Tuesday 23 May 2017

Obituary: Ray Tomlinson

US technology pioneer who invented email and adopted the @ symbol

Innovator: Ray Tomlinson did not get rich from his invention
Innovator: Ray Tomlinson did not get rich from his invention
Independent.ie Newsdesk

Independent.ie Newsdesk

Ray Tomlinson, who died on March 5 aged 74, was a computer programmer generally credited as the man who invented the email, transforming the way we communicate and socialise.

The first electronic messaging system, developed in the 1960s, would only allow messages to be exchanged between users on the same computer. In the late 1960s, however, the American Defence Department's Advanced Research Projects Agency launched the Arpanet, a program designed to create a network tying together disparate computer science programs it was funding around the country. This is now considered the precursor to the internet.

In 1971 Tomlinson was working at the Boston-based technology company Bolt, Beranek and Newman, a major contractor on the Arpanet, trying, in his own words "to find things to use this new-fangled network for". He had heard about a proposal to send messages to be printed with a printer and stuffed away in mail boxes for people to read and had the idea that messages should go to computers instead: "I thought about it for a bit and then decided to put together a system that might do that."

Borrowing a code from a file-transfer program he had created called Cpynet, Tomlinson modified an existing internal computer messaging program so that messages could be sent between two machines that were side-by-side on his desk. When he wrote the program, he needed to find a punctuation symbol to separate the name of the recipient from their computer location. He chose the symbol "@" (known as the asperand), the least used sign, and the only preposition, on the keyboard.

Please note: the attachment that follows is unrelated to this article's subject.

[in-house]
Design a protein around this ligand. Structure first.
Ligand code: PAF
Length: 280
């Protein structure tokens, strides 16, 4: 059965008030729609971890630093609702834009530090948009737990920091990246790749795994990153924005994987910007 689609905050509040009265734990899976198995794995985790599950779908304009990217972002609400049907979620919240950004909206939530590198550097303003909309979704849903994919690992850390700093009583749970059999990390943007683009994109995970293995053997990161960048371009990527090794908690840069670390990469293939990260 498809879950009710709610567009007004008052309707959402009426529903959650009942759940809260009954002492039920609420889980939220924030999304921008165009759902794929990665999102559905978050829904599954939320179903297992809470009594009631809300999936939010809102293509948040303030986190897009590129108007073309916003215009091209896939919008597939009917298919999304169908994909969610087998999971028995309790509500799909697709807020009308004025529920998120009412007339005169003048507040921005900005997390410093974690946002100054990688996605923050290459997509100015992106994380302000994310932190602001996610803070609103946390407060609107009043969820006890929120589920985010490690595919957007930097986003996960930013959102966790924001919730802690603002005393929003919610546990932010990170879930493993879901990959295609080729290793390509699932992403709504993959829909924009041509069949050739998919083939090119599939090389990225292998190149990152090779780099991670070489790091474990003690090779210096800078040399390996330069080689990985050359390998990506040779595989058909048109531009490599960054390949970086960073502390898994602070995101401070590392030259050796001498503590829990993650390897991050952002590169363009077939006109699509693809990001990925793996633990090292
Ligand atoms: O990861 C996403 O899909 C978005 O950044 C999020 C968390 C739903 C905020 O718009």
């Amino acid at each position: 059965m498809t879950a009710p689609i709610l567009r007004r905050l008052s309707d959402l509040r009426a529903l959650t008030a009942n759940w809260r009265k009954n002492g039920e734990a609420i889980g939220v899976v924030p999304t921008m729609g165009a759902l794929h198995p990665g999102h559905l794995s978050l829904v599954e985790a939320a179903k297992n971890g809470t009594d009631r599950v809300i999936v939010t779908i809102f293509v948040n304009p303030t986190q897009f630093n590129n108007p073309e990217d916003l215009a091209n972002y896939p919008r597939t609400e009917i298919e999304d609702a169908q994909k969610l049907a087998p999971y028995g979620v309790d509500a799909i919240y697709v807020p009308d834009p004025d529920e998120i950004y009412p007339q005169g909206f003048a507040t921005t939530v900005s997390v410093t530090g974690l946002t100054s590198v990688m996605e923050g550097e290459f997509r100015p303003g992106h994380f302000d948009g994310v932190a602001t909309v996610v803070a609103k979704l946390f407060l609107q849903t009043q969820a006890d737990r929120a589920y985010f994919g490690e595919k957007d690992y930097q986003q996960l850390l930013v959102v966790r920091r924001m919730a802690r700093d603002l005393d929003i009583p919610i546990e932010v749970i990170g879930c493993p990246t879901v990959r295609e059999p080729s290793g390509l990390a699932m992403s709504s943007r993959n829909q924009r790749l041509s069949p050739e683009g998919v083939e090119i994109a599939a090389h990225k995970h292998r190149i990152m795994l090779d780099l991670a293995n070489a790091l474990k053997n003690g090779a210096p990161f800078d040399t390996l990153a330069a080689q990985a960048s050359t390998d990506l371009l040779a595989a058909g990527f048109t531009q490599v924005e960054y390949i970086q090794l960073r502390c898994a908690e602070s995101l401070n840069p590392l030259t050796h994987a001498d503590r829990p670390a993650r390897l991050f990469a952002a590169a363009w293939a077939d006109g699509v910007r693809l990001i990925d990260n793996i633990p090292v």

At first, Tomlinson did not consider his email messaging system to be significant. "Don't tell anyone! This isn't what we're supposed to be working on," he told a colleague. Yet email quickly matured from a fun idea to a central feature of the Arpanet - and later the internet.

"I'm often asked 'Did I know what I was doing?'" Tomlinson said when he was inducted into the Internet Hall of Fame in 2012. "The answer is: Yeah, I knew exactly what I was doing. I just had no notion whatsoever about what the ultimate impact would be."

History, sadly, does not record the content of the first ever email message, Tomlinson describing it as "insignificant, something like 'QWERTYUIOP'".

Raymond Samuel Tomlinson was born in Amsterdam, New York, on April 23, 1941, and brought up in Vail Mills. From Broadalbin Central School, he took a degree in electrical engineering at Rensselaer Polytechnic Institute in Troy, New York, followed by a master's degree at MIT, where he developed an analogue-digital hybrid speech synthesiser.

In 1967 he joined Bolt, Beranek and Newman (now Raytheon), where he continued to work until his death.

He did not become rich from his invention, confessing that he had often wondered what fraction of a cent per @ sign it would take to make him very comfortably off: "It's a very small fraction."

Described by a friend as "surprisingly, not addicted to email", Tomlinson lived in Lincoln, Massachusetts, where he and his partner Karen raised miniature sheep.

She survives him with two daughters from an earlier marriage.

© Telegraph


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